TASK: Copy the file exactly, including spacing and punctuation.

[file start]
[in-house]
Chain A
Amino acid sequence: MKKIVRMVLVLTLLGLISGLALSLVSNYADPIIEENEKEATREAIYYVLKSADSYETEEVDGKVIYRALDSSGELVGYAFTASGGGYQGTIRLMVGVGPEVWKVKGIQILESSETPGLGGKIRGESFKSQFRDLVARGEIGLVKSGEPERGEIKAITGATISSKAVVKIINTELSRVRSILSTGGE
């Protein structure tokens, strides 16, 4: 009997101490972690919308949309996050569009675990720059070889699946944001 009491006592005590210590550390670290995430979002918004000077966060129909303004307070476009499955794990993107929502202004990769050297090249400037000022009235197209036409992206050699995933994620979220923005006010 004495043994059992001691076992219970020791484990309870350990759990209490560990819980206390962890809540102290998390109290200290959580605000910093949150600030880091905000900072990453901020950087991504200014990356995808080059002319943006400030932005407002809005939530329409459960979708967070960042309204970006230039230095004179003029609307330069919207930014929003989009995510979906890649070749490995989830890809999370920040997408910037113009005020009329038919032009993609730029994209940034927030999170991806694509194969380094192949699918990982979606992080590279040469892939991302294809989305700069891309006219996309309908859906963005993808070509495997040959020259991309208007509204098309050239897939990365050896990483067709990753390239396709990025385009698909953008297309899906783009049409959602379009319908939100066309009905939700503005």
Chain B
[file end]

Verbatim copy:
[in-house]
Chain A
Amino acid sequence: MKKIVRMVLVLTLLGLISGLALSLVSNYADPIIEENEKEATREAIYYVLKSADSYETEEVDGKVIYRALDSSGELVGYAFTASGGGYQGTIRLMVGVGPEVWKVKGIQILESSETPGLGGKIRGESFKSQFRDLVARGEIGLVKSGEPERGEIKAITGATISSKAVVKIINTELSRVRSILSTGGE
């Protein structure tokens, strides 16, 4: 009997101490972690919308949309996050569009675990720059070889699946944001 009491006592005590210590550390670290995430979002918004000077966060129909303004307070476009499955794990993107929502202004990769050297090249400037000022009235197209036409992206050699995933994620979220923005006010 004495043994059992001691076992219970020791484990309870350990759990209490560990819980206390962890809540102290998390109290200290959580605000910093949150600030880091905000900072990453901020950087991504200014990356995808080059002319943006400030932005407002809005939530329409459960979708967070960042309204970006230039230095004179003029609307330069919207930014929003989009995510979906890649070749490995989830890809999370920040997408910037113009005020009329038919032009993609730029994209940034927030999170991806694509194969380094192949699918990982979606992080590279040469892939991302294809989305700069891309006219996309309908859906963005993808070509495997040959020259991309208007509204098309050239897939990365050896990483067709990753390239396709990025385009698909953008297309899906783009049409959602379009319908939100066309009905939700503005």
Chain B